also, if this is a problem that scales and needs to “run in production”, I’d again consider looking into Neo4J or Spark Graph (both are amenable to Clojure).
Thanks for the suggestion. Hopefully it gets to the point where that is a big problem!
http://www.frankmcsherry.org/graph/scalability/cost/2015/01/15/COST.html I'd recommend reading through this, as both an overview of some graph algorithms that may be useful (example code in Rust) and as a caution against reaching for Spark when processing this data.
Your problem sounds in general like it lands in the realm of Collaborative Filtering, which Wikipedia has a good overview of: https://en.m.wikipedia.org/wiki/Collaborative_filtering
You might also try looking at or asking in the #data-science channel for more resources.
Hmm my initial impression of collaborative filtering is that it's meant for matching things together based on large amounts of data points. But that's not really the case here. I only have 2 data points to match on, and it's not going to get any bigger. Instead I need a way to optimize filtering. Maybe my understanding is too shallow though?
I would agree to be careful w/ Spark fyi - that’s long tangential discussion though, but point well made @U03QQS7341W - have you looked at Algorithms for the Intelligent Web? The Manning series book, I seem to recall there are some examples that are similar outlined in it.
chapter 3 & 4 covers recommenders and collaborative algos like respatialized mentioned. I read this when the first edition dropped ages ago, but it’s still relevant today.
FYI: I find this https://www.tabnine.com/ to be very useful. In the sense that I wouldn't want to go back to not using it. Although the majority of my coding is in Java in Intellij, so YMMV. I started using it because the clojuredart demo video was using it.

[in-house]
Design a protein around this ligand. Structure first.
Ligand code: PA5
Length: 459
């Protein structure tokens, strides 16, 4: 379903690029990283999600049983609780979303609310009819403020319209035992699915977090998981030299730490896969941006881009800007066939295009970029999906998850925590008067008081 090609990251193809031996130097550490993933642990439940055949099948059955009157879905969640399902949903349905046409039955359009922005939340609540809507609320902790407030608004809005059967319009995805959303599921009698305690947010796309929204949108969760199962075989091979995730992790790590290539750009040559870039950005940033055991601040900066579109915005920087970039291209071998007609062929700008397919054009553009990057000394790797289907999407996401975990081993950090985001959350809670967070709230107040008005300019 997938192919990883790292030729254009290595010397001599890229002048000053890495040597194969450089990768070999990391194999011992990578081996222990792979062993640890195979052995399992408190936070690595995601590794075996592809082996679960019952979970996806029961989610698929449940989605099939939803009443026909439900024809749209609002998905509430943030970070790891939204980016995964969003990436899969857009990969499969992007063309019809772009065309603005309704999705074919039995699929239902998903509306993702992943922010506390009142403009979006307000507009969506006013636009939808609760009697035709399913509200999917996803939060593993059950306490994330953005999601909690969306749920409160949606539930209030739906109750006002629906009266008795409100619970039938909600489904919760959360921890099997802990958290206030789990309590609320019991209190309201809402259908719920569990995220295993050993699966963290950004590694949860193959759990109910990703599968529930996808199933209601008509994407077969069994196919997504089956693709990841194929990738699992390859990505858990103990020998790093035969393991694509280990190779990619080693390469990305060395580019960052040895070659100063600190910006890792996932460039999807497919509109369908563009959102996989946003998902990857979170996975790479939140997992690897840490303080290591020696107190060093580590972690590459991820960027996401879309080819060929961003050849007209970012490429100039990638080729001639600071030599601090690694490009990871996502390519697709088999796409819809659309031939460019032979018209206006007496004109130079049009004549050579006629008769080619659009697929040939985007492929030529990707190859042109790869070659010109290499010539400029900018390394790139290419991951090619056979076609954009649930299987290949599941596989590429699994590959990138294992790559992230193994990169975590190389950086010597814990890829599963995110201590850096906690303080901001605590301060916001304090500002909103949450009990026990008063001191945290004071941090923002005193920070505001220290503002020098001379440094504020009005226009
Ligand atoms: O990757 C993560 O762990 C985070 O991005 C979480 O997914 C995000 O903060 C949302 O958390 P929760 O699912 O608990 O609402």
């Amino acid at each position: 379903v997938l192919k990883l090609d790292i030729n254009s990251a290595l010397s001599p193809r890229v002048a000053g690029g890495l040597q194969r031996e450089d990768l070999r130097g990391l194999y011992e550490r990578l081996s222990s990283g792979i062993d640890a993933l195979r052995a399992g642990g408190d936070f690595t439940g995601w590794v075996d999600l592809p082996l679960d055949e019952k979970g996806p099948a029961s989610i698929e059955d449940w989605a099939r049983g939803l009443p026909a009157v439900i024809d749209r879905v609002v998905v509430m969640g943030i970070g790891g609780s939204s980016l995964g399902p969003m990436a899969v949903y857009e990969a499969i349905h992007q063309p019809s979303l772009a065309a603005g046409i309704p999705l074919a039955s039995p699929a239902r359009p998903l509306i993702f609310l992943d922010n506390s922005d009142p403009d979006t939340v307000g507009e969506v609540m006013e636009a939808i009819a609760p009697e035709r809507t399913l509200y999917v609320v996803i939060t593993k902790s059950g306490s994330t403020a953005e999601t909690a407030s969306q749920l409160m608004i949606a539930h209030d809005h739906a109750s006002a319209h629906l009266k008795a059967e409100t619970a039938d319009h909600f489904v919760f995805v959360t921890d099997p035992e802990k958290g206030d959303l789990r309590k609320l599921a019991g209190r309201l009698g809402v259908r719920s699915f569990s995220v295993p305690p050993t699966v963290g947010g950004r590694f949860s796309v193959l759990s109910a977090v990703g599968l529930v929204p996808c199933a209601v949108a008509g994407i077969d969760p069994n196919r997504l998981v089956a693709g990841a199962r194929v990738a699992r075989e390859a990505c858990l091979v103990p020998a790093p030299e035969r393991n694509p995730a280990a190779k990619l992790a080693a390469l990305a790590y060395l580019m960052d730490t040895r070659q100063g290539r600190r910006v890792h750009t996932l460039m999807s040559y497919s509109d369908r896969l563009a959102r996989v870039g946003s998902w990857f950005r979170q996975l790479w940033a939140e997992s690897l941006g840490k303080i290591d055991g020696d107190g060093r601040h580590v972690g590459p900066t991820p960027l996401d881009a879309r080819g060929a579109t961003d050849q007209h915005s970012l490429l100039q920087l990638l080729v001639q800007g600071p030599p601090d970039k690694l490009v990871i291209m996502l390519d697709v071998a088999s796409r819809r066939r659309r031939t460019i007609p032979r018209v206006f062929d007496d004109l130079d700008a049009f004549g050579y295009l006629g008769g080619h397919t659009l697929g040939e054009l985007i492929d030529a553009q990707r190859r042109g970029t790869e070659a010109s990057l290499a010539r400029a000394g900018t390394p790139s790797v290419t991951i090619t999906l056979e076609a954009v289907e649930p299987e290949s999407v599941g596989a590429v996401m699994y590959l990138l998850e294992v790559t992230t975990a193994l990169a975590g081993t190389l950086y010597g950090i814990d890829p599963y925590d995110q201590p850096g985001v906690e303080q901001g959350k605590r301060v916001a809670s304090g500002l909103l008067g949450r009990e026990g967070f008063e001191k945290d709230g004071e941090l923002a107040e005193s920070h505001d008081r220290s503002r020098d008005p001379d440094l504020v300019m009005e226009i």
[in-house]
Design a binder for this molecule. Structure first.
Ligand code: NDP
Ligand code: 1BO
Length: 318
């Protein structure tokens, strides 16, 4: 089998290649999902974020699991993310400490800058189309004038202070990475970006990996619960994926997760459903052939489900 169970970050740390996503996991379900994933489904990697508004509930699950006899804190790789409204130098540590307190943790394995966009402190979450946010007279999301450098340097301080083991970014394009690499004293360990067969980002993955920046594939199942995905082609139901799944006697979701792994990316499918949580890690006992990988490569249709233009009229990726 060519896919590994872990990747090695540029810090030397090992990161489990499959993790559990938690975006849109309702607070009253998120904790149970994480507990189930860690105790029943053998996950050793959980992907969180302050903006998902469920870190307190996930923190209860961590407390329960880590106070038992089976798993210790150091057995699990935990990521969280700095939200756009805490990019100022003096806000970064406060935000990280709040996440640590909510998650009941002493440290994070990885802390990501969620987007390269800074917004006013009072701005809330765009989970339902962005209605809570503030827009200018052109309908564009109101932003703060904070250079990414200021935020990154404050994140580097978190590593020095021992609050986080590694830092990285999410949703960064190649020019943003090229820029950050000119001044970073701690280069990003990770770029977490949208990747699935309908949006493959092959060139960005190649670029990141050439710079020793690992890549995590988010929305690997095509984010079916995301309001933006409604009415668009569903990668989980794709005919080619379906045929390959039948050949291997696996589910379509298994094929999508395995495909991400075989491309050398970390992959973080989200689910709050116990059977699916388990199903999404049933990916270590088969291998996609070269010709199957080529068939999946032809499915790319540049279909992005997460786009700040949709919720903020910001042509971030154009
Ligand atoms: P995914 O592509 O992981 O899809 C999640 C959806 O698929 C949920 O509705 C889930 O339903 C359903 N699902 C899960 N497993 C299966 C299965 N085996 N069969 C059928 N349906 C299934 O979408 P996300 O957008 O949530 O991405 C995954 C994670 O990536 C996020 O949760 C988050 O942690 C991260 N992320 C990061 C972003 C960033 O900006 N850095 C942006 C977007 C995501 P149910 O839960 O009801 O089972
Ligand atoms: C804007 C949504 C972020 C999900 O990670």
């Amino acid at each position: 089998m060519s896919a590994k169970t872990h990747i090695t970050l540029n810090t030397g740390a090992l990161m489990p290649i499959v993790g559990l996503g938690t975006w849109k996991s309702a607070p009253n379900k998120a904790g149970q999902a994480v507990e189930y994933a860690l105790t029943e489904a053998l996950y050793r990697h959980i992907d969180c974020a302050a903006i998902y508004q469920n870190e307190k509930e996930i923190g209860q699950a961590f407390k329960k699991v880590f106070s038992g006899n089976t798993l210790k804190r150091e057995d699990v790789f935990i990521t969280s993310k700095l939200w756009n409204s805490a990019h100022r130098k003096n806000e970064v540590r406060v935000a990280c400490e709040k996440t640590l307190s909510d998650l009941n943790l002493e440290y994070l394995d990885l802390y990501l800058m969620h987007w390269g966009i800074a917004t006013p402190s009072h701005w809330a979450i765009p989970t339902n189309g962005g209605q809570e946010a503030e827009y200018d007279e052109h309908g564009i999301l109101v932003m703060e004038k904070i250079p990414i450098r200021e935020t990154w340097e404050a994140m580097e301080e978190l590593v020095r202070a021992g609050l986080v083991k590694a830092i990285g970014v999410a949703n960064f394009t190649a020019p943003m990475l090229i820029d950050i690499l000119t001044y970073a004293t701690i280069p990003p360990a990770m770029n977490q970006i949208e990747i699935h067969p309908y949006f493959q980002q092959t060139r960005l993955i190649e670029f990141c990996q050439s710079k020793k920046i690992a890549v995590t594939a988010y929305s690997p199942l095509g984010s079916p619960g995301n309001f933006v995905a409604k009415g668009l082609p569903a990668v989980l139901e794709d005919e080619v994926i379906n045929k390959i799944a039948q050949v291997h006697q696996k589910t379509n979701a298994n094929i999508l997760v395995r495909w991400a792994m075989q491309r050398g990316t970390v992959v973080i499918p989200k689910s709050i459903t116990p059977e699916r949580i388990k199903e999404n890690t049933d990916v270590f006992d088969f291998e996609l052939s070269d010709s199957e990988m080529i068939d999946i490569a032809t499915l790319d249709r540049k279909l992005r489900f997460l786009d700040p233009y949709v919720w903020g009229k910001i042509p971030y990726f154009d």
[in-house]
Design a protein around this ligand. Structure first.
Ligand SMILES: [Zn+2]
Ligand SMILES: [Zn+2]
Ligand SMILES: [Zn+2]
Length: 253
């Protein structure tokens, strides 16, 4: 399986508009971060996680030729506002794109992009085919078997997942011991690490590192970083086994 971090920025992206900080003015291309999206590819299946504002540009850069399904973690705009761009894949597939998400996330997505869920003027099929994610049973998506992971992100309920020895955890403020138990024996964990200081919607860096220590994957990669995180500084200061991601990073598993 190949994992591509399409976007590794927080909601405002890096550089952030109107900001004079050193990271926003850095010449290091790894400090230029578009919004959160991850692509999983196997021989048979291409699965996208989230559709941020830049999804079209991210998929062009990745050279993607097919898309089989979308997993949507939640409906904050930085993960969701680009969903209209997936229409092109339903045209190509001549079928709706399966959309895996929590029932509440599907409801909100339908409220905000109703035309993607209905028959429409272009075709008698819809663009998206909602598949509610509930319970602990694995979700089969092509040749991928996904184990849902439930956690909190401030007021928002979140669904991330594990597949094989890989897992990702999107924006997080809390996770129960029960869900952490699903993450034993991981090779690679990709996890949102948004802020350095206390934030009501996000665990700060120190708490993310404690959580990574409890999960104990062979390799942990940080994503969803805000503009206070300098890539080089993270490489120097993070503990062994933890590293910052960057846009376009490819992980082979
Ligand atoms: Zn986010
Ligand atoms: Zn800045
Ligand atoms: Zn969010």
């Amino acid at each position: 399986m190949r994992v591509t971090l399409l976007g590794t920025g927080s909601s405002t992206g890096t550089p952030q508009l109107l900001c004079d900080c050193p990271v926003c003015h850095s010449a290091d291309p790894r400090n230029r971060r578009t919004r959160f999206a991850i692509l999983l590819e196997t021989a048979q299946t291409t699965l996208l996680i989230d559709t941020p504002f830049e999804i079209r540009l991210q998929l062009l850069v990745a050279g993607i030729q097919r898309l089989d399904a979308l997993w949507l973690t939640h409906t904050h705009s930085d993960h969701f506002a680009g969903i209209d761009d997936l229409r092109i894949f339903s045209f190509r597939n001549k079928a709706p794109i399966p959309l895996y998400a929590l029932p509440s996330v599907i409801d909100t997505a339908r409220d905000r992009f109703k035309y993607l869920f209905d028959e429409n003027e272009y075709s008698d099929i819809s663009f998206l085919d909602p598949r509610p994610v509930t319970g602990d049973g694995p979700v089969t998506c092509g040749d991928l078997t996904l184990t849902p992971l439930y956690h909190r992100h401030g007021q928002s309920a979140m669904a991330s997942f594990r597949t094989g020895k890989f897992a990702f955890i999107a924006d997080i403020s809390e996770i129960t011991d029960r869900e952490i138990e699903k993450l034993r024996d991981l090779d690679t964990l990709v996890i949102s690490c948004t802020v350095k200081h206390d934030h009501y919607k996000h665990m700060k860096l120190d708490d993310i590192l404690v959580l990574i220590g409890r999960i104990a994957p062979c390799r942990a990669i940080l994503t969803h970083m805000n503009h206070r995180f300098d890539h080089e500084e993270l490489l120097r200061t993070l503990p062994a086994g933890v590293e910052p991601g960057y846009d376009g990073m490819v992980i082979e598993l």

Does anyone have a small home office, particularly with a narrow desk? I know there are quite a few "top 10 home office ideas", but wonder how they source desks under 120 cm, they seem to be very rare on the market
I love this thing. Takes no space, limits the clutter and just the right amount of space for me
That + some ergotron arms (or the Amazon basics knockoffs) so that screen and laptop are not using any space and you're good to go
We have this kind of adjustable standing desk and it’s 78x50cm. Works very nicely with laptop. It’s a Finnish brand “Selka Mahtuva” but I guess something similar is available elsewhere.
I actually tried it! The table tops are not solid wood, I could barely attach the legs and they came off again eventually. Will probably work with more solid desks, but I would avoid learning carpentry if possible :)
Also I remember checking sometime last year for the IKEA hand crank desk and it wasn't available
If you can get a top, the frames allow for 100cm (which is still not 90, to be fair)
Anyone have any experience recovering unsaved files on Arch Linux after a forced restart due to computer freezing? Specifically when using the Remarkable markdown editor?
I will be traveling to Chicago, IL (USA) for a conference (sadly not on Clojure or programming for that mater) from July 27- Aug 3. I am from a smallish beach town in California, and I don't get to meet too many Clojure programmers - professional or hobbyists (put me in the latter category). If any folks CLS/CLJS want to meet up, I would be really interested. You will not find a Clojure or FP expert. And I am not a fintech person - I work in higher education, fighting a rear-guard battle against the deterioration of the Uni IT dept. ("We used to build stuff, now we just submit trouble tickets to vendors")
I live in Chicago. I would be happy to meet up for a bit depending on the time and place. I'm curious why your asking in the clojure slack.
@U0DJ4T5U1 good question - interested in meeting folks working in Clojure; in my community I don't meet many other Clojure programmers. I am mostly interested in Clojure for data munging, math and science applications. I like the pragmatic data centric approach. Clojure reminds me of the things I like working with the J programming lang